I am, first and foremost, a baseball fan, partially because the sheer volume of games means that you don’t often need to harness all your hopes to the chaos of one single match the way you have to with football. Take the poor Detroit Lions, who last won a playoff game so long ago you could have watched them win and walked into a GMC dealer to buy a Syclone (and then watch them lose while the “new car” smell still lingered). But alas, the Lions are resurgent, and GM has taken notice.
As much as people love consigning their emotional well-being to football teams, there’s a whole different class of people who do basically the same thing with Tesla stock. Those people had a bad day yesterday. We’ll talk about that in this installment of The Morning Dump, as well.
Building Cars Is Hard (BCIH, we should probably shorten that) and Apple has realizzed that again, once more delaying its electric car. At the same time, it sounds like Apple is backtracking a bit on automated driving.
Finally, Biden is vetoing a bill that would ban certain materials coming from China in EV chargers.
GM Delaying Flint Third Shift For Lions Game
We all know that Detroit-area residents, and, especially, the GM employees in Flint, Michigan have had it good for so long. Nothing bad ever happens to people in Flint, Michigan. It’s paradise, really. It therefore felt almost karmic that the local-ish football team, the mighty Lions of Detroit, have somehow managed to lose nine playoff games in a row going back to the 1991 Conference Championship.
If you were in Michigan and alive in the 1990s, you’d have had to endure losing the Wild Card round of the playoffs five times in seven years. That’s rough. That’s super rough. I once watched my dad legit tear up after the Buffalo Bills managed a historic comeback against the Houston Oilers in the AFC Championship when I was 10, but that was just one game. This is a lifetime for some folks in Flint.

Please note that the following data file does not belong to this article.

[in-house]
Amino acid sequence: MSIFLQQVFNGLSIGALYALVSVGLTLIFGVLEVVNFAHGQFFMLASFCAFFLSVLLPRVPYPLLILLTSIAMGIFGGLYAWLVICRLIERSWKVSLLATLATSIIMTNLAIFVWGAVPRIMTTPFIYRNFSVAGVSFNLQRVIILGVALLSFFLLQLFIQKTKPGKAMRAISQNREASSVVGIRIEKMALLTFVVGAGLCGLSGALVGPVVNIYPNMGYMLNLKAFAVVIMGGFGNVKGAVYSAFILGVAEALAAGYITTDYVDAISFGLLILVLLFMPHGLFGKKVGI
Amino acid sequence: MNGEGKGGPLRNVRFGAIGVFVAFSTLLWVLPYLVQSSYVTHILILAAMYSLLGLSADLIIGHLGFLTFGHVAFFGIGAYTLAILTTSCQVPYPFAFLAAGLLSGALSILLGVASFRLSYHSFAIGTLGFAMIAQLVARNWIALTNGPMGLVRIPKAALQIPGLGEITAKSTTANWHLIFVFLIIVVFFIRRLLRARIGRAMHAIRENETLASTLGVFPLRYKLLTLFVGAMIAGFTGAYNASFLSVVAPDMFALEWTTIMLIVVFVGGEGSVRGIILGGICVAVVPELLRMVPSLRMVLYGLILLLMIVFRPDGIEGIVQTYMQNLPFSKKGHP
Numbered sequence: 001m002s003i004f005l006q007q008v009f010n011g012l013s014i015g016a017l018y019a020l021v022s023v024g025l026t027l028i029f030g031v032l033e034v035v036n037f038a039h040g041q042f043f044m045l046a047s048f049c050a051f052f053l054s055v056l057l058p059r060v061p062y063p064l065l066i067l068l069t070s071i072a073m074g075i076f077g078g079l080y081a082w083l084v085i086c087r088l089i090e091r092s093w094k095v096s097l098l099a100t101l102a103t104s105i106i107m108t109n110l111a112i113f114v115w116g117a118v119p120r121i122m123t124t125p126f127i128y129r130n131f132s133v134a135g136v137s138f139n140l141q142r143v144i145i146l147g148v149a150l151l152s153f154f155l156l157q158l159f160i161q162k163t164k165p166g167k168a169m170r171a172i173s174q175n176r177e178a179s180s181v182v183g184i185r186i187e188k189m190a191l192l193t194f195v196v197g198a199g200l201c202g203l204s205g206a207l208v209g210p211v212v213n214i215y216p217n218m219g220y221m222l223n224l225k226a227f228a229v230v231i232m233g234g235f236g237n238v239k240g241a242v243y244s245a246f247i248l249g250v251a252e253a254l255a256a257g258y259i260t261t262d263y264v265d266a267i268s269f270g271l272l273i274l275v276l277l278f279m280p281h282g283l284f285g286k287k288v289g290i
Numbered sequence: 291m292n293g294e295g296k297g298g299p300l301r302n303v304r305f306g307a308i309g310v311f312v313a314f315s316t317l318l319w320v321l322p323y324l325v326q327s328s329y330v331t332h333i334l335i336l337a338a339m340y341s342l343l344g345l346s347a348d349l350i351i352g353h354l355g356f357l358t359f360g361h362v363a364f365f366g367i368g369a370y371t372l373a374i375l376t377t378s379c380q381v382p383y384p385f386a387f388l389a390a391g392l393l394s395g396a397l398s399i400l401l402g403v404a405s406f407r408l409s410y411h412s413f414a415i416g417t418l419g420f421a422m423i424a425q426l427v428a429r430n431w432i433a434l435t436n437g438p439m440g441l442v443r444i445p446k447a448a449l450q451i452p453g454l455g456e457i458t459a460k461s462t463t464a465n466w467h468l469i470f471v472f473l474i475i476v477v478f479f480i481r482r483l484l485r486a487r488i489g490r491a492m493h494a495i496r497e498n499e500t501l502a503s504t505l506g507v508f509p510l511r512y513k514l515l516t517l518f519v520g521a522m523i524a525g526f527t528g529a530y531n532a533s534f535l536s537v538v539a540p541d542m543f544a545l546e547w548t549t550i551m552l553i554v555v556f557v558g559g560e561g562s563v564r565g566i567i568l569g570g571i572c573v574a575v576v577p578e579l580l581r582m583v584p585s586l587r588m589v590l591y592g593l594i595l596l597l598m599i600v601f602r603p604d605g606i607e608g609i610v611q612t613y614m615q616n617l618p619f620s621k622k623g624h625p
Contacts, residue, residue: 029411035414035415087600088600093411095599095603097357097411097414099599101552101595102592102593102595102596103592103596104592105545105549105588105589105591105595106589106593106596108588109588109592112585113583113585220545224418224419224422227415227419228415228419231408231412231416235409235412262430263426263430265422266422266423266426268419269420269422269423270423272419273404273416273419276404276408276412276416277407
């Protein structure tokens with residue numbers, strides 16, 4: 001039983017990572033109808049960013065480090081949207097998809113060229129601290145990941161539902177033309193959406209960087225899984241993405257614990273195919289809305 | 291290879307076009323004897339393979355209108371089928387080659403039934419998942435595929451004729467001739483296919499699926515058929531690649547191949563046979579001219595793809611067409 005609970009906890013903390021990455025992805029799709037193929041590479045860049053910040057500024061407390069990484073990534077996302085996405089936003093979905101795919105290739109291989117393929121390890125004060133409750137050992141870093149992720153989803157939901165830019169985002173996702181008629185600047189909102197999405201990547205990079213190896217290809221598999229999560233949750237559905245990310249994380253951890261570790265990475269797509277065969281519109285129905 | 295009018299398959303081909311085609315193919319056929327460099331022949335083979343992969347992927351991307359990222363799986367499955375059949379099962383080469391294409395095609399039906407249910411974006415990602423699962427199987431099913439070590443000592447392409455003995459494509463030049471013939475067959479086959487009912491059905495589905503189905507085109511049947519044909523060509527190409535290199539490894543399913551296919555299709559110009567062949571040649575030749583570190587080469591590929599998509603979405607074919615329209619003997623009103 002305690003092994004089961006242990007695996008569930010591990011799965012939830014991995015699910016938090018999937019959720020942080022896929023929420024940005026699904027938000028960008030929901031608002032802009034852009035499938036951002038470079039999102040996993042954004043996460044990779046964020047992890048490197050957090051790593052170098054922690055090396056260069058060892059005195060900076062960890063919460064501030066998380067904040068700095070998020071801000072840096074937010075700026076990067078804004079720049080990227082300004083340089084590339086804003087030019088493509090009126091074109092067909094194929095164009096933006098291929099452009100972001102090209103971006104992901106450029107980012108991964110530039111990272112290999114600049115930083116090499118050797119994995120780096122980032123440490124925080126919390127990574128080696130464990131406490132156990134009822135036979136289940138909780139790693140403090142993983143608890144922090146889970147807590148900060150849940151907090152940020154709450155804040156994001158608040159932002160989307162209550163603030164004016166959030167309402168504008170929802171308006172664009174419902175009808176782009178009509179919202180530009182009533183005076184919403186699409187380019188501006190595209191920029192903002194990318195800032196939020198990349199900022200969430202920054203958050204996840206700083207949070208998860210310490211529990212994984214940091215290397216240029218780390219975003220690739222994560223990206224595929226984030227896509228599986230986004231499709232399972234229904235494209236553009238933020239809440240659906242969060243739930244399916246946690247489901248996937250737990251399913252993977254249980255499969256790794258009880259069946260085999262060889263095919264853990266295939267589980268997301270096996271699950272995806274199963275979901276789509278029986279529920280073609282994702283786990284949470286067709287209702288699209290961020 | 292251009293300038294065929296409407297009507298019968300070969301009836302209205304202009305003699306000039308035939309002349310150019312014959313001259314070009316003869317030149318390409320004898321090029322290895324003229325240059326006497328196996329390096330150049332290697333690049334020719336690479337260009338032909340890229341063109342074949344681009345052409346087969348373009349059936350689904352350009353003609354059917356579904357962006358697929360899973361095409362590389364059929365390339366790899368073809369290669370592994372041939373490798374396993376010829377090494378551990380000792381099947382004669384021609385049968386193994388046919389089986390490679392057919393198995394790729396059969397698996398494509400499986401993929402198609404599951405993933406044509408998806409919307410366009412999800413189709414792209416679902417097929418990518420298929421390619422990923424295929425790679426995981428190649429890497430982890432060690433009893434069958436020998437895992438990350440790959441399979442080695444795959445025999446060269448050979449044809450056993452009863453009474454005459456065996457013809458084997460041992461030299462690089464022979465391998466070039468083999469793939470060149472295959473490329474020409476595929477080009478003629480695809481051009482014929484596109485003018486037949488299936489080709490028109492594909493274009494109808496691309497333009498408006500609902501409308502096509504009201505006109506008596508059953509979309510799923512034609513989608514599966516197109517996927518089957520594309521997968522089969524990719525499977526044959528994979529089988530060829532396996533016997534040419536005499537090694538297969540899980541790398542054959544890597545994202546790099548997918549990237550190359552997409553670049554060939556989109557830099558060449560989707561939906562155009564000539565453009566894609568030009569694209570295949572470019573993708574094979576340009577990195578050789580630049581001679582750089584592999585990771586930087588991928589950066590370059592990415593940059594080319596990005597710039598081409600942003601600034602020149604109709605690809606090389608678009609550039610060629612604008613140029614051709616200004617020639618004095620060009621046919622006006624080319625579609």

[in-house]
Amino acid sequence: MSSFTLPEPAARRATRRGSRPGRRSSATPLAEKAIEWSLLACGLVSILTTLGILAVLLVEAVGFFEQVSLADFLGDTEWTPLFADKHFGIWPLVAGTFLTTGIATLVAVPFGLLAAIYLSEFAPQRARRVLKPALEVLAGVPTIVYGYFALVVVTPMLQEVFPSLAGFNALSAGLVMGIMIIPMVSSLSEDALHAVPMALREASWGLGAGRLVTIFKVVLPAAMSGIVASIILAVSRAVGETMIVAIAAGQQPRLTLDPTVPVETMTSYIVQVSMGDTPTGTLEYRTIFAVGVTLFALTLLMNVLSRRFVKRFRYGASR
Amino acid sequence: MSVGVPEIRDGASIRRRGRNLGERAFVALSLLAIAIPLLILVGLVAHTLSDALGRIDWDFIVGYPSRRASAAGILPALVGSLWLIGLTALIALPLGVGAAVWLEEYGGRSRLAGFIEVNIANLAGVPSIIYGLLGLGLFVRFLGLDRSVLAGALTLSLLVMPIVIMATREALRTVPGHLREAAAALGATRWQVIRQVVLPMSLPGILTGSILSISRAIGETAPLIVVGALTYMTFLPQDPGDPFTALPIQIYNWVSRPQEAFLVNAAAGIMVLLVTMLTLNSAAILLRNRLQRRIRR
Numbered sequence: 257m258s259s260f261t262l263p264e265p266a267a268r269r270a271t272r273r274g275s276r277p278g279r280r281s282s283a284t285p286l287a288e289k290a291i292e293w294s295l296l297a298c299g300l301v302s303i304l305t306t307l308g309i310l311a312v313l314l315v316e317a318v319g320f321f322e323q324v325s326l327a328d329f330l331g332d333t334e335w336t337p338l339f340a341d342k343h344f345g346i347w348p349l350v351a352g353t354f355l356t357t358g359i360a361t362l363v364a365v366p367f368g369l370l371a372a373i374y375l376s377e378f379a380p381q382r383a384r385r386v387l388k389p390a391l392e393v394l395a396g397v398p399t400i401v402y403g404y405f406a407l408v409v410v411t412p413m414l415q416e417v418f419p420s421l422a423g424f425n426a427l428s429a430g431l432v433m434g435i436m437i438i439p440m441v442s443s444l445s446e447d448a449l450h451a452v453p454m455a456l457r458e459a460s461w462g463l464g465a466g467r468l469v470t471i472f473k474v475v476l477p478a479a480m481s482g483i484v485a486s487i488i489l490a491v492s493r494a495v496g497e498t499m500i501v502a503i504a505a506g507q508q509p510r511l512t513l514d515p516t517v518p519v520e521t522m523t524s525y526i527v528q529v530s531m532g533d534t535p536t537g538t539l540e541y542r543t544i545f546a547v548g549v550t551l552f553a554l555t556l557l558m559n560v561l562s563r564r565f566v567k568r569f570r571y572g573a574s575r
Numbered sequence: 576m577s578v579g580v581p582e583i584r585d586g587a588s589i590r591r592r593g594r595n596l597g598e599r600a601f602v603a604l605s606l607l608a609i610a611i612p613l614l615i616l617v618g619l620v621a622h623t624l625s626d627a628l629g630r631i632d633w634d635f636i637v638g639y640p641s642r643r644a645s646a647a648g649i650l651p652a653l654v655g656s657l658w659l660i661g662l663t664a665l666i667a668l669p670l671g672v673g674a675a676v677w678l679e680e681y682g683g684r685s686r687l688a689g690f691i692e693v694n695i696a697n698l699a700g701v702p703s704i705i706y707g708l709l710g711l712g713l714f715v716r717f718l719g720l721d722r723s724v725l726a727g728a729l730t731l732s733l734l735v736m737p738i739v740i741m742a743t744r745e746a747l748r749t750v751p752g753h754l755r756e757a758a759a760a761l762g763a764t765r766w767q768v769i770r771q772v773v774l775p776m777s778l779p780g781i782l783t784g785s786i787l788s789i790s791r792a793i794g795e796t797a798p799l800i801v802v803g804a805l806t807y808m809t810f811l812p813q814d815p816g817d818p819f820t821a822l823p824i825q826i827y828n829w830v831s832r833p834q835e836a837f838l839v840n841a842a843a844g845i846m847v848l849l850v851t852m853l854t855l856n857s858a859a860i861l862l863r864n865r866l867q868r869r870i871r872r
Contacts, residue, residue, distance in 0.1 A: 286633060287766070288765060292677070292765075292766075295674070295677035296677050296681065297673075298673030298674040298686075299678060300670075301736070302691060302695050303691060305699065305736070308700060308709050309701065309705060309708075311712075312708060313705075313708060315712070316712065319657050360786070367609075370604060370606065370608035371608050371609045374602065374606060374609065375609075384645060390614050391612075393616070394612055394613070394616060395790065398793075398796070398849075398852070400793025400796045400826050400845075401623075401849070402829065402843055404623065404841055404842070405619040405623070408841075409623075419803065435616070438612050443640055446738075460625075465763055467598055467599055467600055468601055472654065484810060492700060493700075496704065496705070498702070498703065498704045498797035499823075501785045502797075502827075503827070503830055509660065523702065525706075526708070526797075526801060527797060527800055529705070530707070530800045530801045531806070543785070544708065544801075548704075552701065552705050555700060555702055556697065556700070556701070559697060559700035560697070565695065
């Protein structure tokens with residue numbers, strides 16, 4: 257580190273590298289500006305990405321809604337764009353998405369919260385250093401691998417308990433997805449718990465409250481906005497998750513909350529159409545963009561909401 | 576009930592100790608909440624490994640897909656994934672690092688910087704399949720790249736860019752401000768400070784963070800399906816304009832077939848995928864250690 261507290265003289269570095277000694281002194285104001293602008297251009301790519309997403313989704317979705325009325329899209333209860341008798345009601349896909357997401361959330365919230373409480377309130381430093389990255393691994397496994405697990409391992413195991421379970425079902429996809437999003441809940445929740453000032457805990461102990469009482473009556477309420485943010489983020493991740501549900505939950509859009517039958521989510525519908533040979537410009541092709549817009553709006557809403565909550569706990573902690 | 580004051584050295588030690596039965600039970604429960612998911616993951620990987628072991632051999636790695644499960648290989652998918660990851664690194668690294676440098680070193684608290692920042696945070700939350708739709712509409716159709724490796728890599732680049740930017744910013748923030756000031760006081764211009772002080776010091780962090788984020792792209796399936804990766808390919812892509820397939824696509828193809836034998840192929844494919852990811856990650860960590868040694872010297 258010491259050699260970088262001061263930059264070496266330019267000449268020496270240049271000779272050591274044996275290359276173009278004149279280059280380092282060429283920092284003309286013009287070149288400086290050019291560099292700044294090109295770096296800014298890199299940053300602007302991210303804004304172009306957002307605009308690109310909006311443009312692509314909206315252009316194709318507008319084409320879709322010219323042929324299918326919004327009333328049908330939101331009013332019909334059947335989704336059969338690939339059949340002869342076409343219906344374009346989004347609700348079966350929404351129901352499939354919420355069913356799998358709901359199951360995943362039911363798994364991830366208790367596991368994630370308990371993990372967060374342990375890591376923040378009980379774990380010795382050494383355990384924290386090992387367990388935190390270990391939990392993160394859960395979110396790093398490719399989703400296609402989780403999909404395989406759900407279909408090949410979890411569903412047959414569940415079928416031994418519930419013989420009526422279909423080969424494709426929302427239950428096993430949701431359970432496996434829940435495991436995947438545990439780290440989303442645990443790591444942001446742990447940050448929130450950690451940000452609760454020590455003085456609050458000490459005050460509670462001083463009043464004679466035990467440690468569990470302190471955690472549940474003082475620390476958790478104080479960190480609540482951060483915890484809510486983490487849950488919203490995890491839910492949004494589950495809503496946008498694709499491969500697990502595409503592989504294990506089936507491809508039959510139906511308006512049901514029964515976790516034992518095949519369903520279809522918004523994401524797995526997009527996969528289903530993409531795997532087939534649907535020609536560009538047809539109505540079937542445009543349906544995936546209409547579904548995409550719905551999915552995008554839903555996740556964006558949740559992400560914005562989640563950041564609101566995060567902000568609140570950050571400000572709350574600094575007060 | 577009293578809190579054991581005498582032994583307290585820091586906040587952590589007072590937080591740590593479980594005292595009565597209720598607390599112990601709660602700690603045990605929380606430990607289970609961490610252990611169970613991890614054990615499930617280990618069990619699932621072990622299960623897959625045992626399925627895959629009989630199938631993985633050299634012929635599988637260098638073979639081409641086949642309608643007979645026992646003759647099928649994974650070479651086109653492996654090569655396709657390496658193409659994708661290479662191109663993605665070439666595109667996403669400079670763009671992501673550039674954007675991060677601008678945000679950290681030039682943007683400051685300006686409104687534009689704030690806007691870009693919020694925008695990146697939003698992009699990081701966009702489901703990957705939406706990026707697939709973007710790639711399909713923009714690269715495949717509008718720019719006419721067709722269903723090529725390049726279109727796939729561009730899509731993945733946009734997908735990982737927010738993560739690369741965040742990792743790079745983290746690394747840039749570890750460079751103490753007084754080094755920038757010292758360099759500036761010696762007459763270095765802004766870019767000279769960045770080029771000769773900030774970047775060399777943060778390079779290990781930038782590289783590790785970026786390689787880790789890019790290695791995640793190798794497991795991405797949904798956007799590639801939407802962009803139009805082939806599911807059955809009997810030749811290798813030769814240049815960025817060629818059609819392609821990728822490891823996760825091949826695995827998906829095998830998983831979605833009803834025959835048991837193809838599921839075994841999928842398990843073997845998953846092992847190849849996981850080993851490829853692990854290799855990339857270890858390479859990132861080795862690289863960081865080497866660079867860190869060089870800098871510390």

Now that the Texans have been knocked out I’m definitely pulling for the Detroit Lions, who have managed a close victory over the LA Rams in the Wild Card round and a one-score victory against the Buccaneers of Tampa Bay a few days ago, setting up only the second Conference Championship game in Lions history against the 49ers.
I’m not alone. General Motors is going to delay the third shift on Sunday at its Flint, Michigan plant where the company builds HD Silverados and Sierras, which are highly profitable lines and vehicles.
There’s a great thread about this on Reddit and I love the comment from the poster:
In my 13+ years at GM I’ve never seen a postponement to start the week…even 2 feet of snow wouldn’t do it lol. This is for the city! Go Lions!
Some of the quotes in this thread are pretty great, including:
Translation: We know it’s unlikely 80% caught the same 24 hour bug so we’re just going to shut down for the day
I’m not expecting David to be any use on Monday if the Lions win. [Ed Note: True. -DT]. Here’s another one from Reddit:
I put in for the Sunday and Monday the day after the lions clinched the division.
I was like ya know, I’ve had to work the night of the Super Bowl the last 5 years…. I should play this one safe.
Props to the Detroit Free Press for following up with other automakers:
Ford Motor Co. did not immediately provide a comment on whether it has any plants that may need shift adjustments for the game.
Stellantis spokeswoman Jodi Tinson sent the Free Press the following statement in an email: “Stellantis is proud of our hometown team, the Detroit Lions, and all of the excitement their victories to date have generated for the City. While we celebrate that success and root for another win against the San Francisco 49ers, Stellantis will run normal production schedules on Sunday to meet the expectations of our customers and dealers.”
Booooooo! BOOOO CARLOS TAVERES! BOOOOO.
Tesla Loses 8% Of Value As Elon Musk Admits EV Growth Is Going To Slow
Excuse me while I get super Millennial here, but as a mall-prowling youth I spent some of my time in a clothing/culture store called Gadzooks (it was the ’90s and this seemed normal). It was a clever move for a retailer to focus on the teens that actually inhabited ’90s malls, especially in Texas where the chain began and it was normally 9,000 degrees Fahrenheit outside.
The brand was a success and started spreading out beyond Texas. Unfortunately, Gadzooks expanded super fast and built stores in every mall it could find space in, sort of overestimating the appeal.